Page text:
Alan Marsh
Guest
Alan Marsh

JCF, I think Lambeth Palace has already issued a strongly disapproving statement. Surely it is open to the TEC to make a formal complaint via the Primates’ meeting or via the ACC? Has it done so?

Simon Sarmiento
Guest

What Lambeth said:

A spokesman for Lambeth Palace told The Church of England Newspaper the Minns’ election was “not a welcome development. It is neither timely nor constructive as it further complicates an already complex situation.”

What Rowan Williams said to synod:

There has also been an announcement from Nigeria of the election by the Nigerian House of Bishops of an American cleric as a bishop to serve the Convocation of Nigerian Anglican congregations in the US. I have publicly stated my concern about this and some other cross-provincial activities.

Laurence Roberts
Guest
Laurence Roberts

JC Fisher asked

‘By what authority, do Minns and Nigeria justify these innovations ?’

Answer :

They “saw something nasty in the woodshed.”

(with ‘apologies’ to Stella Gibbons & ‘Cold Comfort Farm’, both film and novel!)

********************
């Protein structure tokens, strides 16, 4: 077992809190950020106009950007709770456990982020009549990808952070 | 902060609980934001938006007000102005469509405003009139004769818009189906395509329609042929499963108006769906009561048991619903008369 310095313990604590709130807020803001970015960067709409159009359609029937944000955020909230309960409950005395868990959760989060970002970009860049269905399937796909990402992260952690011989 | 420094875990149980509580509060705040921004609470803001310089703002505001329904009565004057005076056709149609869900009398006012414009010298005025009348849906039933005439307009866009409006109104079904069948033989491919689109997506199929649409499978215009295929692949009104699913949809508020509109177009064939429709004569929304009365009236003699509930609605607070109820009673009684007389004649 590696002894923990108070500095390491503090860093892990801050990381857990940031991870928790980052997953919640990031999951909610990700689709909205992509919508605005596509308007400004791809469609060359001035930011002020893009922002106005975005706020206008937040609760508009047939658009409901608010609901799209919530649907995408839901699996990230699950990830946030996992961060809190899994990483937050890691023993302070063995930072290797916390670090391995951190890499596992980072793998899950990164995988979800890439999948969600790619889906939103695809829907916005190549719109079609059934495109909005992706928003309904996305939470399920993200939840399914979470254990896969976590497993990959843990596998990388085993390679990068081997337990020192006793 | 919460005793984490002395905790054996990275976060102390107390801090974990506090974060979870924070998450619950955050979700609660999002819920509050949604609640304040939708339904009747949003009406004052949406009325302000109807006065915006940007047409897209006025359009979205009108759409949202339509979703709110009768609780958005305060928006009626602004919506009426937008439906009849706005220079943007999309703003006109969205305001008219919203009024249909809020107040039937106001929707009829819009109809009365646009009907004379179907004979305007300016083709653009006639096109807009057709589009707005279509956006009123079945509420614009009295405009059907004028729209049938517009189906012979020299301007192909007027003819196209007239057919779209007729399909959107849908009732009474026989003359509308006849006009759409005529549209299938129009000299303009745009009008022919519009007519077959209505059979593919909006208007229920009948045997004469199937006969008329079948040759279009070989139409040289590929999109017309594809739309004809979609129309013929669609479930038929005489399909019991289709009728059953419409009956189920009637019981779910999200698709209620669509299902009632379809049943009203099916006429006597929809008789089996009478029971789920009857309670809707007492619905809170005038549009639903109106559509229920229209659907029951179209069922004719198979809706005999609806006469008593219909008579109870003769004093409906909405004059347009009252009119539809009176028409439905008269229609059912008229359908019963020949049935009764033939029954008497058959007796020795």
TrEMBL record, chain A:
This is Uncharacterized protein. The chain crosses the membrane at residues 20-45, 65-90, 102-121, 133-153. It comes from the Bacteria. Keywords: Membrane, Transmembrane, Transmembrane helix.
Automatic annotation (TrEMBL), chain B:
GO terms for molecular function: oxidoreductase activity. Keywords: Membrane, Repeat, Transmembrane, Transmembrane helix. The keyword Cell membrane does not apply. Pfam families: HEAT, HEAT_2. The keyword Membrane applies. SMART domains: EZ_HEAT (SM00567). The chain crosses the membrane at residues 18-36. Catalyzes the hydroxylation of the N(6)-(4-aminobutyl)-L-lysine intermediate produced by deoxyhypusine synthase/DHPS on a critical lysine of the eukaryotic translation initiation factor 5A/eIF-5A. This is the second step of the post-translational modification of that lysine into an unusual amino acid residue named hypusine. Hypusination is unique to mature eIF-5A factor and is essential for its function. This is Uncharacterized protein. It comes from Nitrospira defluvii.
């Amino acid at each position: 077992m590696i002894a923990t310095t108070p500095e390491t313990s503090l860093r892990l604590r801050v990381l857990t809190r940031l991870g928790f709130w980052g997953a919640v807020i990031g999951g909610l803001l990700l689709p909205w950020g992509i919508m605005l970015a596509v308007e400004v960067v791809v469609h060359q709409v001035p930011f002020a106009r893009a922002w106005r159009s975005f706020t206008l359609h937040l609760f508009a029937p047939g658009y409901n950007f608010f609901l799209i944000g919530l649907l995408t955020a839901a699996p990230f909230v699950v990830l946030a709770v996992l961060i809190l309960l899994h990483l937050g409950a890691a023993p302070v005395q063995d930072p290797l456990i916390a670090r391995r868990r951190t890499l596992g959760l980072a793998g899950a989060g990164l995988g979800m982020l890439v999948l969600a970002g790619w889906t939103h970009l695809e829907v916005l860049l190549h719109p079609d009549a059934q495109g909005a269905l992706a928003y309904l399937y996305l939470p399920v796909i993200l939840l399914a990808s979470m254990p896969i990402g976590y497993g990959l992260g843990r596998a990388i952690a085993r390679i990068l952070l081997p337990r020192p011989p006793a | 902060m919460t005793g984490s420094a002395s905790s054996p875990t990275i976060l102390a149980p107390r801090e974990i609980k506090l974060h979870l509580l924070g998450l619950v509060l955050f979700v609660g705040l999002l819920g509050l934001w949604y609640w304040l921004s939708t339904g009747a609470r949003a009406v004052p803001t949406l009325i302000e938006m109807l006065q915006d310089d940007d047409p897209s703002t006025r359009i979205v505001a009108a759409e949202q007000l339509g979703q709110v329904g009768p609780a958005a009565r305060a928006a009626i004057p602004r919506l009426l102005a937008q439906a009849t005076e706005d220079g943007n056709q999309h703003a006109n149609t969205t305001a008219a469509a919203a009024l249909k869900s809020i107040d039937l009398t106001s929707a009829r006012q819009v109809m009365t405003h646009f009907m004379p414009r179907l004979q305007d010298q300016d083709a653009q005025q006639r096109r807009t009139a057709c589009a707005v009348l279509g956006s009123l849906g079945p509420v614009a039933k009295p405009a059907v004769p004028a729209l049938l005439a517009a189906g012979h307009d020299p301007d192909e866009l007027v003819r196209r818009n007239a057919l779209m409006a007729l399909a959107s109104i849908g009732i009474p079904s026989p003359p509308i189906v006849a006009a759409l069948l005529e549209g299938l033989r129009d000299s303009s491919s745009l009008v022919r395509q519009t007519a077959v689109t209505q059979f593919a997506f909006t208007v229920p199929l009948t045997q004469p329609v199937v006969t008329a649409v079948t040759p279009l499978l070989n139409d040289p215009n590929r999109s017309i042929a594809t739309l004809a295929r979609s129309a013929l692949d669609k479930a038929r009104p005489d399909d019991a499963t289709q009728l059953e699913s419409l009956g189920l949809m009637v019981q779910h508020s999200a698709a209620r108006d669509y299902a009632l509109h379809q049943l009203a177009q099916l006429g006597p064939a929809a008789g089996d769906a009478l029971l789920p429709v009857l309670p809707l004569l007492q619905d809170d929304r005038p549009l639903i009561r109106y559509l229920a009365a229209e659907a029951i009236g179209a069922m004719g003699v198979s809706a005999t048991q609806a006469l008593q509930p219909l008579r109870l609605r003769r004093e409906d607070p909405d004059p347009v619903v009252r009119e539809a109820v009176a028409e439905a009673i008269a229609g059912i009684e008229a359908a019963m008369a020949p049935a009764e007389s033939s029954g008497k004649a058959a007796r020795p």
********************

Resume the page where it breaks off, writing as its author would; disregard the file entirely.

Laurence Roberts
Guest
Laurence Roberts

With so many assumptions flying around here, most of us ‘should be’ well placed to enjoy today-our own speshal day ! — Seriously, enjoy !

I still love the Cenacle image & verse from the Acts and the image us continuing together in prayer with Mary, the Mother of Jesus… we may be surprised yet! …..

Ford Elms
Guest
Ford Elms

Allan, In light of St. Paul’s clear statement that celibacy is the ideal and marriage only for those who are unable to control themselves, I would think Timothy is merely stating that clergy, if they are to marry at all, should not be polygamous, and should make sure the family that will almost inevitably arise out of such a union not draw condemnation on the believers. St. Paul, and I infer Timothy, would hardly have thought that marriage was something to be bragged about. For Paul, you would essentially be bragging about being weak-willed and unable to follow the better… Read more »